Identification of Marker Genes for Differential Diagnosis of Chronic Fatigue Syndrome – Source: Molecular Medicine, Jul 3, 2008; free access article in PubMed

[Note: You may read the full text of this article free in PubMed Central. ]

Chronic fatigue syndrome (CFS) is a clinically defined condition characterized by long-lasting disabling fatigue. Because of the unknown mechanism underlying this syndrome, there is still no specific biomarker for objective assessment of the pathological fatigue.

We have compared gene expression profiles in peripheral blood between 11 drug-free patients with CFS and age- and sex-matched healthy subjects using a custom microarray carrying complementary DNA probes for 1,467 stress-responsive genes.

We identified 12 genes whose mRNA levels were significantly changed in CFS patients. ['Messenger' RNA – molecule that transfers chemical blueprint for synthesis of a protein from DNA to cell cytoplasm.]

Of these 12 genes, quantitative real-time PCR validated the changes in 9 genes encoding granzyme [secretion to destroy virus infected cells] in activated T or Natural Killer cells (GZMA), energy regulators (ATP5J2, COX5B, and DBI), proteasome subunits (PSMA3 and PSMA4), putative protein kinase c inhibitor (HINT), GTPase (ARHC), and signal transducers and activators of transcription 5A (STAT5A).

Next, we performed the same microarray analysis on 3 additional CFS patients and 20 other patients with the chief complaint of long-lasting fatigue related to other disorders (non-CFS patients) and found that the relative mRNA expression of 9 genes classified 79% (11/14) of CFS and 85% (17/20) of the non-CFS patients.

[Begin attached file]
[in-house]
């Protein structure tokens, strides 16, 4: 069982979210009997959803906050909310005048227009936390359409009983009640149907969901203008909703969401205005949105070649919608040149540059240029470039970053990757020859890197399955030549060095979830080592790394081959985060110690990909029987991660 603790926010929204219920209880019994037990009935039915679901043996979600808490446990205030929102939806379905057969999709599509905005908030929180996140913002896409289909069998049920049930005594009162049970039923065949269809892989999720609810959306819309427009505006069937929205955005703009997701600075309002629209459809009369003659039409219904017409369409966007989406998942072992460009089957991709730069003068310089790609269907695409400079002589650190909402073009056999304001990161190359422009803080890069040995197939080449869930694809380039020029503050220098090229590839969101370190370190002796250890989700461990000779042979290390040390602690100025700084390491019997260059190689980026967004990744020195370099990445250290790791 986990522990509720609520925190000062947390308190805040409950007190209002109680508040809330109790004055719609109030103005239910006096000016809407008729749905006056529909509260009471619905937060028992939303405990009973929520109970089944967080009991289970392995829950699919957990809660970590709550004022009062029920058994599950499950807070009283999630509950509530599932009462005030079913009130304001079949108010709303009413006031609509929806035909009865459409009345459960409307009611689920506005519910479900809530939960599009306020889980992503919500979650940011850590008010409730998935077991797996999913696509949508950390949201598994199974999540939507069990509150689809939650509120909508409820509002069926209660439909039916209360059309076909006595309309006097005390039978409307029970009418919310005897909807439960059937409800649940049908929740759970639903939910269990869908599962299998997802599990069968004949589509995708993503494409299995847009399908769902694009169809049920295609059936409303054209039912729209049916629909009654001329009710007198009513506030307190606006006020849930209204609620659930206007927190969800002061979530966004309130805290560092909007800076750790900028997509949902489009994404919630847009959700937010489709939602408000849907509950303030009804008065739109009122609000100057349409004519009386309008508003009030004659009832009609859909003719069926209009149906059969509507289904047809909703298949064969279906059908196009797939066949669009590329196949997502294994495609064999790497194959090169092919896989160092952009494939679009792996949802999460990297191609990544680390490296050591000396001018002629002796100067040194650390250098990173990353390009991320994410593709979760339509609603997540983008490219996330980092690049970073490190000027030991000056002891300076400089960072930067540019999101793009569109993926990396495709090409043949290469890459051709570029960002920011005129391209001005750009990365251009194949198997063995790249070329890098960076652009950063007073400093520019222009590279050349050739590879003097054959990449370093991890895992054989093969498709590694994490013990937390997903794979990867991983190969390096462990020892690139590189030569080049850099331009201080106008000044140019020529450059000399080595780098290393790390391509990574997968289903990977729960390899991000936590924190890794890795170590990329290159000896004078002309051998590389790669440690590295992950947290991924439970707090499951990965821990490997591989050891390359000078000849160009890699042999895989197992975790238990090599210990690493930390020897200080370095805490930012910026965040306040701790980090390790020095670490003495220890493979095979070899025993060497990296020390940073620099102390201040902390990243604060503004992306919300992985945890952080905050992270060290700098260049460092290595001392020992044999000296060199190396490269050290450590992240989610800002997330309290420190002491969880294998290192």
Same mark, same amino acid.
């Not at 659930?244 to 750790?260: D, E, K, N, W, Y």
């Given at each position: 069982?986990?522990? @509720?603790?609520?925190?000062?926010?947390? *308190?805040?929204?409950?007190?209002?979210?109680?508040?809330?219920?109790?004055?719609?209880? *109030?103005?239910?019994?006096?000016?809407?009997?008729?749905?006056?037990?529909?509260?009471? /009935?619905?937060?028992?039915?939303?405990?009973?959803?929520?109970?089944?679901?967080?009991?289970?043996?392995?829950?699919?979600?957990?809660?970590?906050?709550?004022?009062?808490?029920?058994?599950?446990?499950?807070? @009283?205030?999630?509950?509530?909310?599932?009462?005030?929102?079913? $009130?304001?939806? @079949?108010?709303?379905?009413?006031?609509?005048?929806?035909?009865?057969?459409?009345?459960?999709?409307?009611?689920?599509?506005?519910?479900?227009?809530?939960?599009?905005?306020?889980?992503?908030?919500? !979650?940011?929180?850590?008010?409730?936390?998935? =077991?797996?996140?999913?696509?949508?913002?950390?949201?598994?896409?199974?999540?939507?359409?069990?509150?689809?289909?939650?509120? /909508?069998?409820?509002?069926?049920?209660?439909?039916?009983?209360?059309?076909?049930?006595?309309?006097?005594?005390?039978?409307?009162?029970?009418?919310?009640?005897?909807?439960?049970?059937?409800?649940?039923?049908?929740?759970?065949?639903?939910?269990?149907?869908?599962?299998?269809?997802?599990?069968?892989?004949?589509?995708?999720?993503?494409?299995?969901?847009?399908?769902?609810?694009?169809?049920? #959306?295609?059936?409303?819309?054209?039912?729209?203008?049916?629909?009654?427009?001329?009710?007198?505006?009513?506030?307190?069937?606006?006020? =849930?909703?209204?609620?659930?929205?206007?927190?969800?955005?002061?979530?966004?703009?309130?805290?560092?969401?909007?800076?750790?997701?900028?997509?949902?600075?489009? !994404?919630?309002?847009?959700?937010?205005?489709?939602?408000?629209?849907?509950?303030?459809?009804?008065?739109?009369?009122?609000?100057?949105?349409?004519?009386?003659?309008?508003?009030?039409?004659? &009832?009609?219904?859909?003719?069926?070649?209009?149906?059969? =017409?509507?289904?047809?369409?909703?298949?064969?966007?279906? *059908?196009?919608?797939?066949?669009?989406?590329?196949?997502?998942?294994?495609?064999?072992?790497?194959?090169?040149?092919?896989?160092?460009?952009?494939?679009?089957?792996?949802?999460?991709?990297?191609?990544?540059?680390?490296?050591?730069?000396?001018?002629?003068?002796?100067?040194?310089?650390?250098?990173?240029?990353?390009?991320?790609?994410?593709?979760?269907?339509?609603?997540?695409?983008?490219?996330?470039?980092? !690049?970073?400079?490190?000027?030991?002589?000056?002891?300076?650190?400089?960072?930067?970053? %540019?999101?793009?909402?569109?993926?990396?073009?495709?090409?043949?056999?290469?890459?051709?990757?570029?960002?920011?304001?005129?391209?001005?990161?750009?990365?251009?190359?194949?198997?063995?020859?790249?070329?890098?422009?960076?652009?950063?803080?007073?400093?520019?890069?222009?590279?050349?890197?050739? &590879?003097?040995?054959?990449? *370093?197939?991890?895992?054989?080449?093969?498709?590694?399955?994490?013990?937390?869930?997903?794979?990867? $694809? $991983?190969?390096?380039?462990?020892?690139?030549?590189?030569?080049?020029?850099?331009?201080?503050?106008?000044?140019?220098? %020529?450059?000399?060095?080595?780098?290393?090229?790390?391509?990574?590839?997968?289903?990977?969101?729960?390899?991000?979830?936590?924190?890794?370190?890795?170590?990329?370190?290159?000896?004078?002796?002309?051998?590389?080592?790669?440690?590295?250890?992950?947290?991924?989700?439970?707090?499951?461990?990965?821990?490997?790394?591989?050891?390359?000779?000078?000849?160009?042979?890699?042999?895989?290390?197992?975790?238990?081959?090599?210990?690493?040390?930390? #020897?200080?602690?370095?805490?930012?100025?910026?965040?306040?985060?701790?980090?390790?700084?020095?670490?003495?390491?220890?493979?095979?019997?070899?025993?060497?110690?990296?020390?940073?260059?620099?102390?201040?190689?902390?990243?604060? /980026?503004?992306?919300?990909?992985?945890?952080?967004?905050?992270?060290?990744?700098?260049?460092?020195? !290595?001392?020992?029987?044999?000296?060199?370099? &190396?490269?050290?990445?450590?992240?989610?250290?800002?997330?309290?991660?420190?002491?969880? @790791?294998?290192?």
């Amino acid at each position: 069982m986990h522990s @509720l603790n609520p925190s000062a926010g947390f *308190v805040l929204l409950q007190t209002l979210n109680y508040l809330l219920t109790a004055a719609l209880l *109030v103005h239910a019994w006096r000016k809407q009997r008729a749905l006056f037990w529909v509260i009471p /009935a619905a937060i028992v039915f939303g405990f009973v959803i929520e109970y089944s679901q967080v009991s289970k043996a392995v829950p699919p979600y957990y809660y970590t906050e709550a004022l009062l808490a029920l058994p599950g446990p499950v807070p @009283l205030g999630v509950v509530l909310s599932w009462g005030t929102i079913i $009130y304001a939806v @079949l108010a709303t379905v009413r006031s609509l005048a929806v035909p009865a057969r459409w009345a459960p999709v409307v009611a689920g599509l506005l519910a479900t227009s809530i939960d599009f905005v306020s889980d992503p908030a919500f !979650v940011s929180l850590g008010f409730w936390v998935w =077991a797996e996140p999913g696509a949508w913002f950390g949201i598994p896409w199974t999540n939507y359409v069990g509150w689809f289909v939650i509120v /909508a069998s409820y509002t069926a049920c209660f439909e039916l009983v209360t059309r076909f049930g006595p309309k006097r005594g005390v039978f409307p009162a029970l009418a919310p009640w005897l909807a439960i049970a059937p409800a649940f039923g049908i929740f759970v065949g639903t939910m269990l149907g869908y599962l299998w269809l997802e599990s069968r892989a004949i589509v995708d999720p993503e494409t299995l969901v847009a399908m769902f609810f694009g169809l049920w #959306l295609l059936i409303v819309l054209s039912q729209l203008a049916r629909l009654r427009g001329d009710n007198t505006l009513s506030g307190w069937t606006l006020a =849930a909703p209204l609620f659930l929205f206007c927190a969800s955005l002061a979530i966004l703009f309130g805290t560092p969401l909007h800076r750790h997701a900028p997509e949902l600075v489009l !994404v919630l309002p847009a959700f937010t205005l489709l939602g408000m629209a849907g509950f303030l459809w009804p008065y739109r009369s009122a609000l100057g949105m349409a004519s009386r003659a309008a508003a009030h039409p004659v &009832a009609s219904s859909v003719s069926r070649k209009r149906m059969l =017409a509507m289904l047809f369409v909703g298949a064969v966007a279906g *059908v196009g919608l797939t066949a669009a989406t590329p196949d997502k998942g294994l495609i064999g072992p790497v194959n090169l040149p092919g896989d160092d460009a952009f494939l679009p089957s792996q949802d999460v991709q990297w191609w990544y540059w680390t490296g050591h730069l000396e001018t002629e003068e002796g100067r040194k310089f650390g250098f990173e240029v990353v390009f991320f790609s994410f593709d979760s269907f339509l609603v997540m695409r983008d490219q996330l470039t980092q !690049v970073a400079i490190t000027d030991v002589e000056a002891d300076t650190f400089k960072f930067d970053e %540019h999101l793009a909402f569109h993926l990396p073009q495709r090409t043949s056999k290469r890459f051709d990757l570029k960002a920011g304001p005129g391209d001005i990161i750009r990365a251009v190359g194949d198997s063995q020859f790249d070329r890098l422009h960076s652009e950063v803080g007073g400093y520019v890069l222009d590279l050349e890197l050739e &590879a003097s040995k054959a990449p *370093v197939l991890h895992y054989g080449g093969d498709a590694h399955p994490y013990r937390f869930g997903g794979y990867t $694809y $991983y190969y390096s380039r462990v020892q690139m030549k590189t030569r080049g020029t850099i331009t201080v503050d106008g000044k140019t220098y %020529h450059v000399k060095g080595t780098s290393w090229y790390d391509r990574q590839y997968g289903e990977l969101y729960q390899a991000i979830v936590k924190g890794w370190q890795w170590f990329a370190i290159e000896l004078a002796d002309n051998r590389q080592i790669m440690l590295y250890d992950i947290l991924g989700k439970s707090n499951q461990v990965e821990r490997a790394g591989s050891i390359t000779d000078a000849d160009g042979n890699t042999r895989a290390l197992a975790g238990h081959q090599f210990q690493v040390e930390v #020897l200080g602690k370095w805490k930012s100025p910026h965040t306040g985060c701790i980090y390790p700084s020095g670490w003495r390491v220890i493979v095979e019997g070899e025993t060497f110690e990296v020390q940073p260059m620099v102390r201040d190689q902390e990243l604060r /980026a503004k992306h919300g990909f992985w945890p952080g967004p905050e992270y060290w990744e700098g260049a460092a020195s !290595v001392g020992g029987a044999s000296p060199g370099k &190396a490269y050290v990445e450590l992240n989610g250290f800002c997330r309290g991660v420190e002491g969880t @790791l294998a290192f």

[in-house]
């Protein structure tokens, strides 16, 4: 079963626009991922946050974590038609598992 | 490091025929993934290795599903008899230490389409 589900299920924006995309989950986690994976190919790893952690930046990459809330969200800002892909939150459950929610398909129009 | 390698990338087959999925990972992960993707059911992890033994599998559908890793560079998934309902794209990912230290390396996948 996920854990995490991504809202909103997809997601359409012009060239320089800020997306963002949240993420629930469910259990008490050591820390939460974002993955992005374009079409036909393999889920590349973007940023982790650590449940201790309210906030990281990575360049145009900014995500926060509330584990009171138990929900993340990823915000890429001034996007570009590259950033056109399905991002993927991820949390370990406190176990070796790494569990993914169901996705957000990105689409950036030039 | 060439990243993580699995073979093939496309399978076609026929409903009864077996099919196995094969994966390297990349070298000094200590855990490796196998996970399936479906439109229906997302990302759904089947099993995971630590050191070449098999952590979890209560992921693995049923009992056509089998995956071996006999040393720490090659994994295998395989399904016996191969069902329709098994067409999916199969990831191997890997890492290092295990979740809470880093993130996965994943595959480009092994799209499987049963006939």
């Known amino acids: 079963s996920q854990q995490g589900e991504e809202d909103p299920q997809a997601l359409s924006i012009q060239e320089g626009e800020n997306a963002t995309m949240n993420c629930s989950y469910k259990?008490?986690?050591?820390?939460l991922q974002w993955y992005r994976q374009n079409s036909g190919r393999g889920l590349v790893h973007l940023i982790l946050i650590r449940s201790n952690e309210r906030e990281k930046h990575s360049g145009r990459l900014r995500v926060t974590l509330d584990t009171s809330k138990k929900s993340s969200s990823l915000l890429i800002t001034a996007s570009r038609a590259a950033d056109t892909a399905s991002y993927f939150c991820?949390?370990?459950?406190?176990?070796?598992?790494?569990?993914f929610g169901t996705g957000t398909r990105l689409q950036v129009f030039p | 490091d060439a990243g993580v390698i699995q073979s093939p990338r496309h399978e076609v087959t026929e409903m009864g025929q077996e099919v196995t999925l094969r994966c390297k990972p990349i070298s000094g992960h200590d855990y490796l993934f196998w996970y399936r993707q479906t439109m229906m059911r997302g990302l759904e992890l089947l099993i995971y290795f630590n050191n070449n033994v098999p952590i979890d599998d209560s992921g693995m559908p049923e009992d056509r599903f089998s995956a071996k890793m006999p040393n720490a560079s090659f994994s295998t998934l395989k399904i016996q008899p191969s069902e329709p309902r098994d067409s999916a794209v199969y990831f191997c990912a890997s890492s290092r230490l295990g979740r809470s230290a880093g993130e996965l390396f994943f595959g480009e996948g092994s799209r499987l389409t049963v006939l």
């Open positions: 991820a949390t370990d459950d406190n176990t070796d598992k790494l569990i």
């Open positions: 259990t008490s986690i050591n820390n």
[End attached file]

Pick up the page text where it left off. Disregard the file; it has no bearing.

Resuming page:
Finally, real-time PCR measurements of the levels of the 9 involved mRNAs were done in another group of 18 CFS and 12 non-CFS patients.

The expression pattern correctly classified 94% (17/18) of CFS and 92% (11/12) of non-CFS patients. Our results suggest that the defined gene cluster (9 genes) may be useful for detecting of pathological responses in CFS patients and for differential diagnosis of this syndrome.

Source: Molecular Medicine. July 3, 2008. [E-pub ahead of print] PMID: 18596870, by Saiki T, Kawai T, Morita K, Ohta M, Saito T, Rokutan K, Ban N. Department of Stress Science, Institute of Health Biosciences, University of Tokushima Graduate School, Tokushima, Japan. [E-mail:]

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